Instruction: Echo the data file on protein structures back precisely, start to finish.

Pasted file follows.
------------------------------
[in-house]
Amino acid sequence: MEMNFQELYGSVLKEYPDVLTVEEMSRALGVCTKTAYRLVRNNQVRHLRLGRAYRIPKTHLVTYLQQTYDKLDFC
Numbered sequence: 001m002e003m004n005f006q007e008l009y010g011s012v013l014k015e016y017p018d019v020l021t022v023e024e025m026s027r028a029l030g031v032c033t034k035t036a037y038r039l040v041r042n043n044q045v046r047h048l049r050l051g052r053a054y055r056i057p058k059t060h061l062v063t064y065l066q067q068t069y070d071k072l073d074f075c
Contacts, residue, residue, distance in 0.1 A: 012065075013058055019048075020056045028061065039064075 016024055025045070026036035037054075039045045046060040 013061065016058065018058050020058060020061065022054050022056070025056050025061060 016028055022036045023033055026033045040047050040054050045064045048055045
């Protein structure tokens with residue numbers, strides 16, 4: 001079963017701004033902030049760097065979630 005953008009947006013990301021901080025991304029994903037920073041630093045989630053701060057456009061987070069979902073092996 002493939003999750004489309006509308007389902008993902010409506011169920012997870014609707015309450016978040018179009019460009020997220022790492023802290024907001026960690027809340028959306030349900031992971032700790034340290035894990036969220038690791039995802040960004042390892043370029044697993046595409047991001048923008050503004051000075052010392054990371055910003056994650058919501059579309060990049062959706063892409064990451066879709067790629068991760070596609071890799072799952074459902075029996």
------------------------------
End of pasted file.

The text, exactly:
[in-house]
Amino acid sequence: MEMNFQELYGSVLKEYPDVLTVEEMSRALGVCTKTAYRLVRNNQVRHLRLGRAYRIPKTHLVTYLQQTYDKLDFC
Numbered sequence: 001m002e003m004n005f006q007e008l009y010g011s012v013l014k015e016y017p018d019v020l021t022v023e024e025m026s027r028a029l030g031v032c033t034k035t036a037y038r039l040v041r042n043n044q045v046r047h048l049r050l051g052r053a054y055r056i057p058k059t060h061l062v063t064y065l066q067q068t069y070d071k072l073d074f075c
Contacts, residue, residue, distance in 0.1 A: 012065075013058055019048075020056045028061065039064075 016024055025045070026036035037054075039045045046060040 013061065016058065018058050020058060020061065022054050022056070025056050025061060 016028055022036045023033055026033045040047050040054050045064045048055045
């Protein structure tokens with residue numbers, strides 16, 4: 001079963017701004033902030049760097065979630 005953008009947006013990301021901080025991304029994903037920073041630093045989630053701060057456009061987070069979902073092996 002493939003999750004489309006509308007389902008993902010409506011169920012997870014609707015309450016978040018179009019460009020997220022790492023802290024907001026960690027809340028959306030349900031992971032700790034340290035894990036969220038690791039995802040960004042390892043370029044697993046595409047991001048923008050503004051000075052010392054990371055910003056994650058919501059579309060990049062959706063892409064990451066879709067790629068991760070596609071890799072799952074459902075029996």